Sheffield born right half Harry Bentley played local football for Heeley Friends and captained Sheffield Boys in 1905 in their fixture with London Boys in the inaugural English Schools’ Football Association championship in 1905, and received a glowing profile the following year in the Yorkshire Telegraph & Star highlighting his “fine turn of speed” and claiming that “it is not a reckless prophecy to suggest that he will, before many years have elapsed, be appearing in distinguished company, for he has all the attributes of a successful player”.
Signing for Sheffield Wednesday in April 1909 as an 18 year old but didn’t make his Football League debut until April 1914 at Oldham Athletic. In November, The Star Green ‘Un commented that despite Wednesday’s history of sound recruitment, they might not have realised how good Bentley would become. Coming into the side because of injury to the long-serving Tom Brittleton he retained the right half position even after Brittleton’s return to fitness, having “continued to play a very clever, brainy game. He tackles well, and, what’s more, makes it his business to place the ball where it will be of advantage to his forwards.” He was a first team regular in 1914-15, however the onset of the First World War forced the suspension of peacetime football and Bentley lost four seasons and saw service in The Royal Field Artillery before resuming his career with Wednesday in 1919.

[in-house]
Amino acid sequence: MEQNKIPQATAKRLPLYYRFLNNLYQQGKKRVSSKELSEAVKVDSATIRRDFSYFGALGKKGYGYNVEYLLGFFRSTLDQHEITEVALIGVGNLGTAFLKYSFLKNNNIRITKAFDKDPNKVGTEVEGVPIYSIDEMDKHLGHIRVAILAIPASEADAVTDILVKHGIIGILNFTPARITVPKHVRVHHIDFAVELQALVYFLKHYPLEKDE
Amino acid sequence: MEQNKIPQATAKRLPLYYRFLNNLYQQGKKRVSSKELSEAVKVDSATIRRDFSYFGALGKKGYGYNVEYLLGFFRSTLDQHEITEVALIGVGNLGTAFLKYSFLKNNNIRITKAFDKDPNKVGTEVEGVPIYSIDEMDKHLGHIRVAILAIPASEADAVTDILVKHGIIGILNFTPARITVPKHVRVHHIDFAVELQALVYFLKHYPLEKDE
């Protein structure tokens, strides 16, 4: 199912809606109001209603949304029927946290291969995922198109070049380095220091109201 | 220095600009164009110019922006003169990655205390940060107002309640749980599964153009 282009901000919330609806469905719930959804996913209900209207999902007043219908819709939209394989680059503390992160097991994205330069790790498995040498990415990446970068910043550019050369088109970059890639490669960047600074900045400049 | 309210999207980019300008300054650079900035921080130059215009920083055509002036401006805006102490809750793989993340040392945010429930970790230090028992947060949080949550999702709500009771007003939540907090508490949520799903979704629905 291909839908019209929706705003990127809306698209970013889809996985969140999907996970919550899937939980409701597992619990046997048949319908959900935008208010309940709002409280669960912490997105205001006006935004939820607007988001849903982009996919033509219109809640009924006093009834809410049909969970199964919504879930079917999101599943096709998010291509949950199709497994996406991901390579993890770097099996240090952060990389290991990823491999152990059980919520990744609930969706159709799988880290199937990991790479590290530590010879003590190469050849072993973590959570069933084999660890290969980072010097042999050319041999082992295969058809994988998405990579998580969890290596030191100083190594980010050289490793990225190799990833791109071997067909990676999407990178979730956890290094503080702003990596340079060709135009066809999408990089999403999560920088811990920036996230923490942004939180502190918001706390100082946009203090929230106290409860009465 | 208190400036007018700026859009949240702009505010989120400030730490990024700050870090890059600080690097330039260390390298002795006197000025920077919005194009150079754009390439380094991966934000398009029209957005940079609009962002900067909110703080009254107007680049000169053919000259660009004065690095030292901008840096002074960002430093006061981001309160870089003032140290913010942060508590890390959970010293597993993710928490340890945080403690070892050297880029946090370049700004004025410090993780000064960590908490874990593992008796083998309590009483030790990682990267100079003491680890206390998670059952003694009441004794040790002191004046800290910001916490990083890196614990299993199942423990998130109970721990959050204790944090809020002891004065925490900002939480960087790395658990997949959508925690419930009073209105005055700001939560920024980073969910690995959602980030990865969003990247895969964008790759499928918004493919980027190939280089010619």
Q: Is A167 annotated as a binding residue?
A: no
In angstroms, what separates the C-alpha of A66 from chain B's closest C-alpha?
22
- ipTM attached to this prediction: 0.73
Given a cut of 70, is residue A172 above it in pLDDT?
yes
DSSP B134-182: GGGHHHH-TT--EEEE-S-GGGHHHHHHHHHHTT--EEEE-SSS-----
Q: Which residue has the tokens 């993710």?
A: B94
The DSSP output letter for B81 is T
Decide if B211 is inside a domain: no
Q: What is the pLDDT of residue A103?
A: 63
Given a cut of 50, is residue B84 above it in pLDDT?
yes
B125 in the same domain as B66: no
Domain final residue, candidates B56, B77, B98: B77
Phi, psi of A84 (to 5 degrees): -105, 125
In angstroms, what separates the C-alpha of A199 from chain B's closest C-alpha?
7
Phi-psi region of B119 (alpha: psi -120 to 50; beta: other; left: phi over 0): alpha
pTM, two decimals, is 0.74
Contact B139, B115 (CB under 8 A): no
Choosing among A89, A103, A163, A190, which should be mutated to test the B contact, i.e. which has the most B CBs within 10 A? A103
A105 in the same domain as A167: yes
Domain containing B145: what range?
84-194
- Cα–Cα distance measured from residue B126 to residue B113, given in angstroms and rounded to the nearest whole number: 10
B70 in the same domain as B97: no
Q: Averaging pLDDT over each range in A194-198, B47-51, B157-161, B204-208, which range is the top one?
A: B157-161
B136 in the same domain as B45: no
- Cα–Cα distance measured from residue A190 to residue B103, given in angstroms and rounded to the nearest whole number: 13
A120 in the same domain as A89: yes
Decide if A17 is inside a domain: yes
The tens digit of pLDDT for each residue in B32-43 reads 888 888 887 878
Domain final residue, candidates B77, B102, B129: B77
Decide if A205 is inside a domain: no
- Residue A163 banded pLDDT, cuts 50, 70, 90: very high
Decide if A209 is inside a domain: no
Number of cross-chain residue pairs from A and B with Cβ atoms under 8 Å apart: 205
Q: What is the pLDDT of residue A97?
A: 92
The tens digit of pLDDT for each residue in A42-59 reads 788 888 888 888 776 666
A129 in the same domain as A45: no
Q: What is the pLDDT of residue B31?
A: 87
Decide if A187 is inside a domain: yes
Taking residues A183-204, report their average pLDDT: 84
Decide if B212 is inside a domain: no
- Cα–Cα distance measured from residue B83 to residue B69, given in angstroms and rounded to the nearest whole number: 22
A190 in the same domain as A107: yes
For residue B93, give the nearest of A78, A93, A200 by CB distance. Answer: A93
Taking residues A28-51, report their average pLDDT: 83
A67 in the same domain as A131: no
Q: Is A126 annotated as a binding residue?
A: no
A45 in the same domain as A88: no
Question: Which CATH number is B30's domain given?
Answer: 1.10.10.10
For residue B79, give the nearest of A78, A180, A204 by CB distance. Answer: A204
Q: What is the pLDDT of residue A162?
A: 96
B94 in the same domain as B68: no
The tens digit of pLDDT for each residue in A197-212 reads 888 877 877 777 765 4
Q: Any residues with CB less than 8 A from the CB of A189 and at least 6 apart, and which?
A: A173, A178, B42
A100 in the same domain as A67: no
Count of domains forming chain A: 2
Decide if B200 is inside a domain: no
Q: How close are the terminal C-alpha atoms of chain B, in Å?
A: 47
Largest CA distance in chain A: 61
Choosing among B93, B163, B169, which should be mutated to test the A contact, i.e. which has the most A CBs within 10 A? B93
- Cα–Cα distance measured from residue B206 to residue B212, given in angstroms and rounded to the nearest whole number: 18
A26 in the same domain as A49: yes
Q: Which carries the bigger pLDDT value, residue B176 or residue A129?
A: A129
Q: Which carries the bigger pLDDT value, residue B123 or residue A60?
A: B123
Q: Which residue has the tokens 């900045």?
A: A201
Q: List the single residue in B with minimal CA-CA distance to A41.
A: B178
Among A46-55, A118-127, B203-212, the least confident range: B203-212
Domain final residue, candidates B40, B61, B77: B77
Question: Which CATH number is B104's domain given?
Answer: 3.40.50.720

However he only played 17 matches in their first post-war season and was sold to Brighton & Hove Albion for £250 in August 1920 after 3 goals in 52 matches. Two seasons on the South coast saw him clock up 70 appearances for The Seagulls, before he moved to Swindon Town for £350 in the 1922 close season, although at Swindon he was barely used, clocking up only 11 matches over the next two seasons before moving back to Yorkshire non league football in 1924 with Maltby Main.